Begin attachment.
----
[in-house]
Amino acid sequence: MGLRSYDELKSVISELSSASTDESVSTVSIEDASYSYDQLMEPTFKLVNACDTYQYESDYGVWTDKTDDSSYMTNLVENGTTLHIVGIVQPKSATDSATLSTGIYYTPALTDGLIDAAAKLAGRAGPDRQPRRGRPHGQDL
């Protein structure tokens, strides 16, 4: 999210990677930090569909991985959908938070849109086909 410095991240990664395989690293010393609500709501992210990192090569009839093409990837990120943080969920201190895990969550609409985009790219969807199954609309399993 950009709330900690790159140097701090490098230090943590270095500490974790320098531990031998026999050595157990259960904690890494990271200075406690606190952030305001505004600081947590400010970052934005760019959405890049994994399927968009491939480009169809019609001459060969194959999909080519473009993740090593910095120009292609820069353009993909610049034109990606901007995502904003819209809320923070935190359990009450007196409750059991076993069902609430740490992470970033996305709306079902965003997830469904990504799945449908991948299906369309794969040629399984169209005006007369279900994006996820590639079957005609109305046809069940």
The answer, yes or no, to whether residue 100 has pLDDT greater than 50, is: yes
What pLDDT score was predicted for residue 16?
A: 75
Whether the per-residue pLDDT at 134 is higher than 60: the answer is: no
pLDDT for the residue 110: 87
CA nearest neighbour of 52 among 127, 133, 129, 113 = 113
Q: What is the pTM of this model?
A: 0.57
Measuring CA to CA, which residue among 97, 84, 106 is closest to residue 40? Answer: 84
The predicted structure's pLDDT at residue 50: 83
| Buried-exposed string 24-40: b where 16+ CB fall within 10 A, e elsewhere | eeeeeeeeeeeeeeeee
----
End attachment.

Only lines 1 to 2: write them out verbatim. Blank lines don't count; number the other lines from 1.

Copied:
[in-house]
Amino acid sequence: MGLRSYDELKSVISELSSASTDESVSTVSIEDASYSYDQLMEPTFKLVNACDTYQYESDYGVWTDKTDDSSYMTNLVENGTTLHIVGIVQPKSATDSATLSTGIYYTPALTDGLIDAAAKLAGRAGPDRQPRRGRPHGQDL